In the following presentation, Digitally Fabricating Rural Wood Constructions, Professor Urs Hirschberg of TU Graz’s Institute of Architectural Media transcended 1000 years to promote sophisticated digital fabrication technologies, the building of bespoke timber structures in rural areas and, conversely, the showcasing of special timber designs in urban contexts. He demonstrated both the viability of high-tech firms operating from rural locations and the possible revival of craft in the digital age. TU Graz’s IAM works with local industry partners to push the boundaries of timber fabrication, teaching future architects and fabrication factories about the amazing possibilities of the digital tools.

Andrew Freear’s description of Auburn University’s famous design and build programme left us wondering why we can’t all do the same thing! Known for its ethos of recycling, reusing and remaking, Rural Studio provides hands-on educational experience while assisting an underserved population in west Alabama’s Black Belt region. The studio’s philosophy is that everyone, rich or poor, deserves the benefit of good design. Students work within the community to define solutions, fundraise, design and, ultimately, build remarkable buildings. In 25, Rural Studio has built 150 projects and educated more than 600 ‘citizen architects’.

Dr Aine Macken-Walsh, researcher with Teagasc, astounded the audience by her proposition that governmental policies of the past 25 years have largely failed to support Irish farming and fishing families. Funding, she argued, has created a ‘project class’ that has benefitted a few, but been ignored by the majority.

Chinese researcher and PhD scholar at London’s Architectural Association, Jingru Cyan Cheng, suffers no illusions: rurality in China is administratively determined, socially constructed and spatially specified.

Her design research project instrumentalises rural China’s specific administrative, social and spatial conditions to explore rurality as a spatial question. It proposes a spatial framework for China’s rural territory in an attempt to inverse the power of the city.

Three walks

The point of the walks was to be outside, to breathe fresh air and to walk and talk. Aided by unusually low tides and bright sunshine, Rory Keatinge led wonderful walks along the shore, taking us to his secret locations to collect cockles and mussels, before helping us clean and prepare them for dinner. Rory has foraged for food along the coast of Letterfrack since his childhood, a passion that undoubtedly contributed to his choice of profession in fisheries management.

In her booklet The Water Glossary, artist Carol Anne Connolly gathered together Irish terms that describe water, essentially reproducing a descriptive landscape in words sourced from old texts as well as from a diverse range of people including fishermen, farmers, weather forecasters, scholars and poets. Connolly read aloud from her lexicon in the Irish language while we admired the view, the sounds of water and her words.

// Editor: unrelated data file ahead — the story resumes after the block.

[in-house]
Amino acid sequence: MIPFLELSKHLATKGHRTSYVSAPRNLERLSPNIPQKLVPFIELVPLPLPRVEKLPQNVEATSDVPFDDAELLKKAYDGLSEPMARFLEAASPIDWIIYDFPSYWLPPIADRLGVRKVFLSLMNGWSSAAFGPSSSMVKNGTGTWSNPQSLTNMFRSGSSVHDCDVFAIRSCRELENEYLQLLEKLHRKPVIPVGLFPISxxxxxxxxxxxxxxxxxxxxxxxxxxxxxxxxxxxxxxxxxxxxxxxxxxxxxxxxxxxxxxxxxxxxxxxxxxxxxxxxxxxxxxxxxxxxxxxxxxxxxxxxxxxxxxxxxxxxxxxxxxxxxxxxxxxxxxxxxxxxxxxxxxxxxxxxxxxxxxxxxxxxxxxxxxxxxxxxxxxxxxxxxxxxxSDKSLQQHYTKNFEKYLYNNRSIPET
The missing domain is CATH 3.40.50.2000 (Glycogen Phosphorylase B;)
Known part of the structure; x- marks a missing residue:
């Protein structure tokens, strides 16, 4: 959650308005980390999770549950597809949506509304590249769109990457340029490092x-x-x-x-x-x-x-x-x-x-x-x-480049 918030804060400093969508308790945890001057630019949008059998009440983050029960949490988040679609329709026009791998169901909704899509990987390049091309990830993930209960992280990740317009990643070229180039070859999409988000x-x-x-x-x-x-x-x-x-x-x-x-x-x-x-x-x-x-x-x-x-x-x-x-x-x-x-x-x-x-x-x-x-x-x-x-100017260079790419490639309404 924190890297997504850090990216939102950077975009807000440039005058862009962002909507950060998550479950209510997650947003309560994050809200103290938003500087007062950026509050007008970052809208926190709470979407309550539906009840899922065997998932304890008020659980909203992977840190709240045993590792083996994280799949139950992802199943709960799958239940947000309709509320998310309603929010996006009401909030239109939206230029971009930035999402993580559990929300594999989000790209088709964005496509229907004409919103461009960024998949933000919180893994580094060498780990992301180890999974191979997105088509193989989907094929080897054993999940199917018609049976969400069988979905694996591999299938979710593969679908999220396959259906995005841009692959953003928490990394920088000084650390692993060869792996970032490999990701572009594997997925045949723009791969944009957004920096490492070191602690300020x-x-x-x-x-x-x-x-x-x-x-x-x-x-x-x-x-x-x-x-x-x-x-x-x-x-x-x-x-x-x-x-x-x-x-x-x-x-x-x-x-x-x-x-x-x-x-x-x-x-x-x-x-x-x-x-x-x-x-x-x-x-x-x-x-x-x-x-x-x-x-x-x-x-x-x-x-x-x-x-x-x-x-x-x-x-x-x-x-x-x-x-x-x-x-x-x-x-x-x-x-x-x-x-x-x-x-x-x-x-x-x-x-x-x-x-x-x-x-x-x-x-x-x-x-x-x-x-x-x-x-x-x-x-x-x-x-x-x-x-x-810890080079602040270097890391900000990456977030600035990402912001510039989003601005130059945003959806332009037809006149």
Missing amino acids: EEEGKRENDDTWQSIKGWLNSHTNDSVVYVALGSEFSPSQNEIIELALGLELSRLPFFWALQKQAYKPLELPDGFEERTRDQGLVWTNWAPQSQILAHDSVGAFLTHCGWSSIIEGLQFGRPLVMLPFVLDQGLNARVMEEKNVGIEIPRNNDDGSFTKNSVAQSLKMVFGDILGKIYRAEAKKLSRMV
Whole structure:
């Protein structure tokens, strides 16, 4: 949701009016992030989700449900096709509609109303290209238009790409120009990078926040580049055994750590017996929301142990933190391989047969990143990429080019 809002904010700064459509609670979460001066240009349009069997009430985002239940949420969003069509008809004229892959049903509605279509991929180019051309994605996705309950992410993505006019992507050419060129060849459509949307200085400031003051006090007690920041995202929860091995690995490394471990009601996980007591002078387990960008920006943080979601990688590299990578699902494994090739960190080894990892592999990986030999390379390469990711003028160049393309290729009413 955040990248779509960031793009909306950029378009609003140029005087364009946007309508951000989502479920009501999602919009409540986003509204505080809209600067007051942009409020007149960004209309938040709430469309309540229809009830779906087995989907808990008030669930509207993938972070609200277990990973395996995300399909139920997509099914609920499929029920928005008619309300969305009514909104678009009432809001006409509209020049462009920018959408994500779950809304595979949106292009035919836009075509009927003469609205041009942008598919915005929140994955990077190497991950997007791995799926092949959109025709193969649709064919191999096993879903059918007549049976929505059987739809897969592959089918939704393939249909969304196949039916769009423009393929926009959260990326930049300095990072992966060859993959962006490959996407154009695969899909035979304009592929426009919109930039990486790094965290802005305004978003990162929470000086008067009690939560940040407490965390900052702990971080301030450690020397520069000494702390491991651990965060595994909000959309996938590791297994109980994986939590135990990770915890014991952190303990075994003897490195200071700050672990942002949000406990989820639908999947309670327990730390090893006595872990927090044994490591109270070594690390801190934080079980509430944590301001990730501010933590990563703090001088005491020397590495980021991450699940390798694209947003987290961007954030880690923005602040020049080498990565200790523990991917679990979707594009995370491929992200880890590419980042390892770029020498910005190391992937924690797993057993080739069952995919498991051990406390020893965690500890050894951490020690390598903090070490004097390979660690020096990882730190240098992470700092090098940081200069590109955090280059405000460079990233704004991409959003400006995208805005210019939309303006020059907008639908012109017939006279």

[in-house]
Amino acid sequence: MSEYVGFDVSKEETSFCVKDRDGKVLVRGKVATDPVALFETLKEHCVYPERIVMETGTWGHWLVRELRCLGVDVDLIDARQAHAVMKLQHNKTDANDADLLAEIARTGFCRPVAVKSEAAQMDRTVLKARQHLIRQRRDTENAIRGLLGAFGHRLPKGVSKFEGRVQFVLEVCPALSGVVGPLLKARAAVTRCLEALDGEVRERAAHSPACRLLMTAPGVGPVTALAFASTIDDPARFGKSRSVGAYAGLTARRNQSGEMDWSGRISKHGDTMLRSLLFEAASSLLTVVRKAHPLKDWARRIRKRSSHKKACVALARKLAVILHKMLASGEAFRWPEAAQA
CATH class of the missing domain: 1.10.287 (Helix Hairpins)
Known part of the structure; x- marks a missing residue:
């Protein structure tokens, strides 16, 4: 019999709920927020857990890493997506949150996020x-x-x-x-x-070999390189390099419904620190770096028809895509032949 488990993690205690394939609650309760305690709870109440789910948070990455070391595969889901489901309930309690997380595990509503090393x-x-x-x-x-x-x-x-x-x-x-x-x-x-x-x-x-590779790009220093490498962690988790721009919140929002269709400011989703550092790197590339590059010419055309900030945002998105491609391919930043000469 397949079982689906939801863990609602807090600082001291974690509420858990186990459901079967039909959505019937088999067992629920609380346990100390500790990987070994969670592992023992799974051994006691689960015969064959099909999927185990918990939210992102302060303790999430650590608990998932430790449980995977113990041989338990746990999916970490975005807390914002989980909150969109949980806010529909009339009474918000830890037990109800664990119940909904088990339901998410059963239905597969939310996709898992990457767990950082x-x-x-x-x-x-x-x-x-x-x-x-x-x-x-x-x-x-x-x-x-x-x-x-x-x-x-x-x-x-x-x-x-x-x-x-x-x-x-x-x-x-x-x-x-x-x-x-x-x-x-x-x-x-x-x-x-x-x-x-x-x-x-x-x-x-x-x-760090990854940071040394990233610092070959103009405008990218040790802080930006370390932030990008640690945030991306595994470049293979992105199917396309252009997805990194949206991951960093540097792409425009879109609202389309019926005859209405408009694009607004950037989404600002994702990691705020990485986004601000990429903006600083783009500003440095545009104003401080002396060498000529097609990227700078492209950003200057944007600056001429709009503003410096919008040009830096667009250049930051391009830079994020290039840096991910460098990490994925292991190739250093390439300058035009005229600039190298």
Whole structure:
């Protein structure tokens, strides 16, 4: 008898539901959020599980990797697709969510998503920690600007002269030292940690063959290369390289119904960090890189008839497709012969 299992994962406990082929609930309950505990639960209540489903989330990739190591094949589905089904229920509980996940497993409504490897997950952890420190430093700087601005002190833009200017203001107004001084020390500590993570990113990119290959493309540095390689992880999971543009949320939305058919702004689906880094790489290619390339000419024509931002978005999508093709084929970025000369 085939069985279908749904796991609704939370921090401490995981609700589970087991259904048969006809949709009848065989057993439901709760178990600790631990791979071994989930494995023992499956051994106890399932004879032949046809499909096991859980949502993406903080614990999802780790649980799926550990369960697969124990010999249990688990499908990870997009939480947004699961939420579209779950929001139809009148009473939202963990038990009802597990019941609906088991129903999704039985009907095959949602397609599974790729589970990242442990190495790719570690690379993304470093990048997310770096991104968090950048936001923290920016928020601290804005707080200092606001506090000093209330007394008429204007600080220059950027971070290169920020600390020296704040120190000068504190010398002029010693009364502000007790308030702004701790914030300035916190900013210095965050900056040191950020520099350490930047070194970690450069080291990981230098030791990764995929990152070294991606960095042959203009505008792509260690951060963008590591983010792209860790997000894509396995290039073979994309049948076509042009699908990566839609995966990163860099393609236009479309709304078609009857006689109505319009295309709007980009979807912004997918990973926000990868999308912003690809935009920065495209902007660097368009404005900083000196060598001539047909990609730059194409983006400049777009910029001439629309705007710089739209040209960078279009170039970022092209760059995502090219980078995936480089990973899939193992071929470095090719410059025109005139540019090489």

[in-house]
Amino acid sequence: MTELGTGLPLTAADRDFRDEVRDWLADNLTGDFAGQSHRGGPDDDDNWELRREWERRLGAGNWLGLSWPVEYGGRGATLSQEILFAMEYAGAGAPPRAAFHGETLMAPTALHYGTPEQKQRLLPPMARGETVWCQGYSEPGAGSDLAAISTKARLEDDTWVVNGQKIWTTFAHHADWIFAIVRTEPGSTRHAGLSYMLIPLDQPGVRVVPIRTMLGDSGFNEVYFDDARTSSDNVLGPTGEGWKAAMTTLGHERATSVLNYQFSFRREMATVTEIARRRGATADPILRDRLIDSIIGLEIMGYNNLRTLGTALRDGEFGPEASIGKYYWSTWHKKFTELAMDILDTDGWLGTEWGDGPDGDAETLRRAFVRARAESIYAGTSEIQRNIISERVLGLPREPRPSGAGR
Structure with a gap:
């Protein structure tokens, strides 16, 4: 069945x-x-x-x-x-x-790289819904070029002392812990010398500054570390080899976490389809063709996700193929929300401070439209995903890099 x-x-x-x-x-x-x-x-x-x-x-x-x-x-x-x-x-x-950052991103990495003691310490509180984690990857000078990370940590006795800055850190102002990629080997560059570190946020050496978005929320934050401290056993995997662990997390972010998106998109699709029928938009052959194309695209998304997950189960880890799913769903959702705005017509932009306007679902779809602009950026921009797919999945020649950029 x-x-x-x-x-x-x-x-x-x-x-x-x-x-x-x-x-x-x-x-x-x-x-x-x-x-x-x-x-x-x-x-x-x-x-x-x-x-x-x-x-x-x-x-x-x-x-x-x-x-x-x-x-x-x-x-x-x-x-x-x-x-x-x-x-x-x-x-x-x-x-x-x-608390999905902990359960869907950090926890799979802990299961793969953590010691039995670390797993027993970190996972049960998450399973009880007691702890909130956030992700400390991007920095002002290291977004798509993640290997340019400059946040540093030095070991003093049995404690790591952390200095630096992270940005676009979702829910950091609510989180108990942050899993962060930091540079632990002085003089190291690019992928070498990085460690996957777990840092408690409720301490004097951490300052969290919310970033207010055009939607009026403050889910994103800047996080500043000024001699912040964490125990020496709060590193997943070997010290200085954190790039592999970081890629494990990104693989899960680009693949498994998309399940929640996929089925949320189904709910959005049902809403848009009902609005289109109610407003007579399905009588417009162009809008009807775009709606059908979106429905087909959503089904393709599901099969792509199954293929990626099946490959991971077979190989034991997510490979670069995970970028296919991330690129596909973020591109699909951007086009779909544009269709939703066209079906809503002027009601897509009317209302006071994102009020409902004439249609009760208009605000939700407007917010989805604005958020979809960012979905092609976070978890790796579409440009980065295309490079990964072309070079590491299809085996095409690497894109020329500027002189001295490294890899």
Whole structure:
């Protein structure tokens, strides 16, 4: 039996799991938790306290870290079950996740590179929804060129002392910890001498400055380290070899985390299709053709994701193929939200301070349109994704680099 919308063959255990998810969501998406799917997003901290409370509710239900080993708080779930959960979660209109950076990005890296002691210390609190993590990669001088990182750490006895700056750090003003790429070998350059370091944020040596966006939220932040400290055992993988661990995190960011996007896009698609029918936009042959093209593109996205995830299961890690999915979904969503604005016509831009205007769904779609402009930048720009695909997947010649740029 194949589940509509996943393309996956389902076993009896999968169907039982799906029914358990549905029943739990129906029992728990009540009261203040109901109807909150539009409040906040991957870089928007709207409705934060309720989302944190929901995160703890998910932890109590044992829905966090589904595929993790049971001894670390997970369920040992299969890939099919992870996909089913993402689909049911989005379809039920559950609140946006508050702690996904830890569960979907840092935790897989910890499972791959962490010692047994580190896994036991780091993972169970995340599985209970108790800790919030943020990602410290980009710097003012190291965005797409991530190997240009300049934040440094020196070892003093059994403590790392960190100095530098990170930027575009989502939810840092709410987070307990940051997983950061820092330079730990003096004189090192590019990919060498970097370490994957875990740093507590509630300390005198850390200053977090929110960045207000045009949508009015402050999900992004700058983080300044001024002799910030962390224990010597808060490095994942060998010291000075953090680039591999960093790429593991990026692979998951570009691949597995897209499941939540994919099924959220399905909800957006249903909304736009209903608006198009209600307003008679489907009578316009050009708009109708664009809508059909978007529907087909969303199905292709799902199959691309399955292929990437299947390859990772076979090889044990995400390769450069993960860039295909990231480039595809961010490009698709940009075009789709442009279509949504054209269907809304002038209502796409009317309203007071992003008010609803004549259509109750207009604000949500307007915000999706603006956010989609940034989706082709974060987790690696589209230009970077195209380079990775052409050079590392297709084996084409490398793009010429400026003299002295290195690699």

Michael Gibbons, one of Ireland’s leading field archaeologists and a storyteller, took us on a walk to the far and not so distant past of the hills, pointing out rocks and patterns in the landscape, traces of ancient settlements and tombs that indicate animal enclosures and field systems. He also identified more recent burial grounds and abandoned cottages dating from the Famine.

Located in an extraordinarily beautiful setting overlooking Killary Fjord, we walked across hills on which traditional blackhead horny sheep run as Tom Nee of Killary Sheep Farm described the highs and lows of contemporary farming. His talented dogs demonstrated sheepherding moves while Nee cut turf by hand using the old two-sided spade, or sleán, which cuts through the peat as if it were butter. Tom also talked about the relationship between farming and tourism.

Three Dinners

Immersed in rural matters we indulged ourselves in local food and the eating of communal meals cooked and served daily. Three dinners. Three lunches. Three cream teas of scones and homemade strawberry jam. Connemara lamb, mashed potato and cabbage. Roast chicken. Fish stew. Mussels, cockles gleaned by the beach walkers. Rhubarb crumble. Home-grown watercress. Nettle soup.


‘Fieldwork Letterfrack 2106: AlterRurality3’ built on the experience of two earlier ‘ARENA’ conferences. Held in a rural locality, the event remained intentionally small. It brought together a range of disciplines, teachers, practitioners and researchers from Ireland and beyond, with the aim of encouraging informal debate and exchange across disciplines. It widened participation to include the community voice with the aim of (starting to) overcome the barriers that still separate academia from practice. We believe that this conference is a step in the right direction, and a move towards greater collaboration between the many institutions, practitioners and academics that are engaged in rural life and interested in its future.

Sophia Meeres teaches at UCD. Her research is connected to the transformation of landscapes, the recognition and conservation of rural lands, practices and traditions.

Dominic Stevens is an architect and lecturer in the Dublin School of Architecture DIT whose works and practice is often rurally located.

Images: Attendees at the ‘AlterRurality’ conference; Attendees on one of the walks in Connemara

Leave a comment